# How do you use the Intermediate Value Theorem and synthetic division to determine whether or not the following polynomial P(x) = x^4 + 2x^3 + 2x^2 - 5x + 3 have a real zero between the numbers 0 and 1?

Aug 29, 2015

You can't.

#### Explanation:

You can use synthetic division (and the Remainder Theorem) to find

$P \left(0\right) = 3$ (although using division seems like the long way to do this)

and $P \left(1\right) = 3$

If we one of these positive and the other negative, then, since $P \left(x\right)$ is continuous, we could use the Intermediate Value Theorem to conclude that there is a zero in $\left(0 , 1\right)$.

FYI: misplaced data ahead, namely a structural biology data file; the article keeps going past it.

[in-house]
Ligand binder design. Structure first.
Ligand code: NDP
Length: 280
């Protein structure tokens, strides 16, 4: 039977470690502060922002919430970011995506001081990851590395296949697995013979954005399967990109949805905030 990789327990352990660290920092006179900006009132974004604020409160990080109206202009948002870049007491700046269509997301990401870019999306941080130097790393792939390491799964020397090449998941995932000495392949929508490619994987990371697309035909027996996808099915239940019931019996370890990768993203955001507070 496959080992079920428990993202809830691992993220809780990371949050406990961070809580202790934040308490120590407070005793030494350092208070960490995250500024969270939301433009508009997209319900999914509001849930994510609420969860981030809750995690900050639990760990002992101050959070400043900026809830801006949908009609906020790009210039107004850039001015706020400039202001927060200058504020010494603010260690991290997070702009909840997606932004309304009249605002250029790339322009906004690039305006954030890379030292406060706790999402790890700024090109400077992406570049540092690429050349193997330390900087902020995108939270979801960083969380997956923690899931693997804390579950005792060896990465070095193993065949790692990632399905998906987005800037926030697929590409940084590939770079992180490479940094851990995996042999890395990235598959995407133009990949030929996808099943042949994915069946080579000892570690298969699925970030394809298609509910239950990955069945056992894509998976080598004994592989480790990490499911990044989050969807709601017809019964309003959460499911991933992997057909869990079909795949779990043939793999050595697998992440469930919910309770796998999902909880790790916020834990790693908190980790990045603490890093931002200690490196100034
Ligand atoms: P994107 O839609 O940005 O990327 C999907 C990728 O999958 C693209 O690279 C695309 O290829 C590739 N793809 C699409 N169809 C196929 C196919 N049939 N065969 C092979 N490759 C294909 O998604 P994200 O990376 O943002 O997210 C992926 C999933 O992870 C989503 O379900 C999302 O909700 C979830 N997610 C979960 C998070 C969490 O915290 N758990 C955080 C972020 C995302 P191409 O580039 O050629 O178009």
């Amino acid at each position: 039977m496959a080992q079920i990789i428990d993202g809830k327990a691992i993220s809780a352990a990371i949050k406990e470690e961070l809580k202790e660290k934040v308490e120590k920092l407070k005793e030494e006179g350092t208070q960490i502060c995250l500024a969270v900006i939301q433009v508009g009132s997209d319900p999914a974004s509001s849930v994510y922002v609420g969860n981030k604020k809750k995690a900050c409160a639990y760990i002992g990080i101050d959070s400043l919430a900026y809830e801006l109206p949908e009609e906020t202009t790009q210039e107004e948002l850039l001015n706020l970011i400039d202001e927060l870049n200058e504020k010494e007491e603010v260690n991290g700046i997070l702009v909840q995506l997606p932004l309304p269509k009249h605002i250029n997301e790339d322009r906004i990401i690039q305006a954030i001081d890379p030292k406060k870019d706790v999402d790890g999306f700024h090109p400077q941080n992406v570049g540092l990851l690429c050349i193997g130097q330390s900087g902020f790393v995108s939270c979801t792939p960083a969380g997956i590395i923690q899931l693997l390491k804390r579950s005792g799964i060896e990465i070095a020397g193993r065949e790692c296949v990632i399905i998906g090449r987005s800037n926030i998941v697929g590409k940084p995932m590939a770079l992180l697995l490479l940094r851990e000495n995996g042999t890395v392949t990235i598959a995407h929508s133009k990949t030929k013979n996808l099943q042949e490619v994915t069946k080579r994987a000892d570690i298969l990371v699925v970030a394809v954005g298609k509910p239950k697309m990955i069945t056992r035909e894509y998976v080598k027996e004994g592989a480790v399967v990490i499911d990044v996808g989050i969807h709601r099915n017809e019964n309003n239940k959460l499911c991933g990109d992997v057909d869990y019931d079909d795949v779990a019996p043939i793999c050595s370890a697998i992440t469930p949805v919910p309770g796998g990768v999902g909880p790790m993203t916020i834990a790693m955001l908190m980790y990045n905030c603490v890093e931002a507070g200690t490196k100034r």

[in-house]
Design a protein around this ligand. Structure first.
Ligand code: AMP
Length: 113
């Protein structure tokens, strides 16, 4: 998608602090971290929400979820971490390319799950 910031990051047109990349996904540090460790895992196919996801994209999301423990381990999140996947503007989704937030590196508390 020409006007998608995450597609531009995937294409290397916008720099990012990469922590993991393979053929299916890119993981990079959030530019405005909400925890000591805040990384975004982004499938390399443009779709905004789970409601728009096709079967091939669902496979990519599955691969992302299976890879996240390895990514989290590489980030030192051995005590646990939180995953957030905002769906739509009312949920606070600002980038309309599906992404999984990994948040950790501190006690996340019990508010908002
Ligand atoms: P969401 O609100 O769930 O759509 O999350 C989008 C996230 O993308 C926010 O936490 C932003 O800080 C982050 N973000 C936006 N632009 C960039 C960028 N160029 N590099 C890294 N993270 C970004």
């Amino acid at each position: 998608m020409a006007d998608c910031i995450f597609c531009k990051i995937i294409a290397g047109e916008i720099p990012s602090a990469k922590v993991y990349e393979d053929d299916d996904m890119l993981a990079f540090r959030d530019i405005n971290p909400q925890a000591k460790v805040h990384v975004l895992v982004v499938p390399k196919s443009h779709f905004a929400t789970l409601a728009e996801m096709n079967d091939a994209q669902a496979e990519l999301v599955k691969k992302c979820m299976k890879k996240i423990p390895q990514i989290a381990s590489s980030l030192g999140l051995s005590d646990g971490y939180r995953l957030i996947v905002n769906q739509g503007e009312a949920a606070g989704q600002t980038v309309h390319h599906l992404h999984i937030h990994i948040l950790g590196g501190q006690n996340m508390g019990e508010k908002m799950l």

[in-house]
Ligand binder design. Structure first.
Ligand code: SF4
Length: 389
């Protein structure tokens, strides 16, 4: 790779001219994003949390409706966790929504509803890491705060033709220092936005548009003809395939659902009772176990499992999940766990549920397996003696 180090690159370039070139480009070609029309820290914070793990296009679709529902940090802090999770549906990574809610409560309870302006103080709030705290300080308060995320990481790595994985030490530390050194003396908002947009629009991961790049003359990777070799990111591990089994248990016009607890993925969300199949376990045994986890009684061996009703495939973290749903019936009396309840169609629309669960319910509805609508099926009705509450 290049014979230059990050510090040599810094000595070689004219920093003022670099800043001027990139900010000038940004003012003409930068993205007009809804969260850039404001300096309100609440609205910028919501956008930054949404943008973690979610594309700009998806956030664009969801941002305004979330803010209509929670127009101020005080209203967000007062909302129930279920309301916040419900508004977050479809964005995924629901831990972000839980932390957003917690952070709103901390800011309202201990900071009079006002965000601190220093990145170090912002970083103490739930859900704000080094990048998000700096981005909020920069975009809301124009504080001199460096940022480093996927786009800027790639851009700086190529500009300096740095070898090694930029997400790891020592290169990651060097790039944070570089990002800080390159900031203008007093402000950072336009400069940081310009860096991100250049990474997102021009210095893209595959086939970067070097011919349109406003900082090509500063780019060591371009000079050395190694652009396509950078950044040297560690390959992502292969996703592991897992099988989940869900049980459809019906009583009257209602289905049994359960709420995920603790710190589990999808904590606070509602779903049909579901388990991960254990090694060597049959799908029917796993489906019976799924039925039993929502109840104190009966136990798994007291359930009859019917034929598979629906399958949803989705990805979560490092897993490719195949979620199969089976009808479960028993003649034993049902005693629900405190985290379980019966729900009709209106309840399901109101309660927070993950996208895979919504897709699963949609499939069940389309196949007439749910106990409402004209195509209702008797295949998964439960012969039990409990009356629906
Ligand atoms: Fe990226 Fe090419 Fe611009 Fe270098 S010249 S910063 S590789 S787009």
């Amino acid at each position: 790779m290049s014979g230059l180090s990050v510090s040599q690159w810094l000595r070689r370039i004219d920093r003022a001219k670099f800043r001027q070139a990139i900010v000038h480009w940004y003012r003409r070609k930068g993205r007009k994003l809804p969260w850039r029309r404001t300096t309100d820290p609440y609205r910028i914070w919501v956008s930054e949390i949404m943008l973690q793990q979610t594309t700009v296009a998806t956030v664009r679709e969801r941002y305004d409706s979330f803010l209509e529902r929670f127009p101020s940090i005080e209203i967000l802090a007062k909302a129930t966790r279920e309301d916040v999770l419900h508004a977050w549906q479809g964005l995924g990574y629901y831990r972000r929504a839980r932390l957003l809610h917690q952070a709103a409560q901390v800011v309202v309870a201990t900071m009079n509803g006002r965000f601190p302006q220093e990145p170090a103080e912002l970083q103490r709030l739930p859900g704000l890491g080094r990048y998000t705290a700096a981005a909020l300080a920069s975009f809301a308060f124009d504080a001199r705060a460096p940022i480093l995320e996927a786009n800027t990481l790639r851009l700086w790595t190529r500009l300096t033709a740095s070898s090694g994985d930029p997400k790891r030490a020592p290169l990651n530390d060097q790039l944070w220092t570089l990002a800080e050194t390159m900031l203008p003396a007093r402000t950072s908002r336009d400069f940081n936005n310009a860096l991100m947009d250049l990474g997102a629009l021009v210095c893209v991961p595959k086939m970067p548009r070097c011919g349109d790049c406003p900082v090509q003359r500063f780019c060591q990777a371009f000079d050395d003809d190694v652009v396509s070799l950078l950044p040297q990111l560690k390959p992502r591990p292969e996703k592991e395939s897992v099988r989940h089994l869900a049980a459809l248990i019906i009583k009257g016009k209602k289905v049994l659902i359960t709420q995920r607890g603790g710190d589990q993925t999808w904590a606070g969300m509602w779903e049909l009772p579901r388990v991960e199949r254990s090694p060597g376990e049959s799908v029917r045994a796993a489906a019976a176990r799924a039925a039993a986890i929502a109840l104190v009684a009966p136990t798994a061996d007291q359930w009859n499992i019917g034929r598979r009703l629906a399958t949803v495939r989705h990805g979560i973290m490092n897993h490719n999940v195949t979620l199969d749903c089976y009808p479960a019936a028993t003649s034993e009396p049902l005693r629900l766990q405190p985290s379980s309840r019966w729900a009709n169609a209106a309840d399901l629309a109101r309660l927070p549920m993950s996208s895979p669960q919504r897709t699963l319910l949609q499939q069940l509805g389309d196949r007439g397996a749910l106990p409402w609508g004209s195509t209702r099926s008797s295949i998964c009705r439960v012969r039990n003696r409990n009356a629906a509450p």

The Intermediate Value Theorem can never be used to conclude that there is not a zero in an interval.

We could conclude that $P \left(x\right)$ does not have exactly one zero between $0$ and $1$. (It must have an even number of zeros in in $\left(0 , 1\right)$.)

To help explain why, here is the graph of a different polynomial function:

graph{ x^4 + 2x^3 + 2x^2 - 5x +1 [-3.067, 3.09, -1.17, 1.91]}

Call this polynomial function $Q \left(x\right)$

Notice that $Q \left(0\right) = 1$ and also $Q \left(1\right) = 1$ but his function does have a zero in $\left(0 , 1\right)$. (It has two of them.)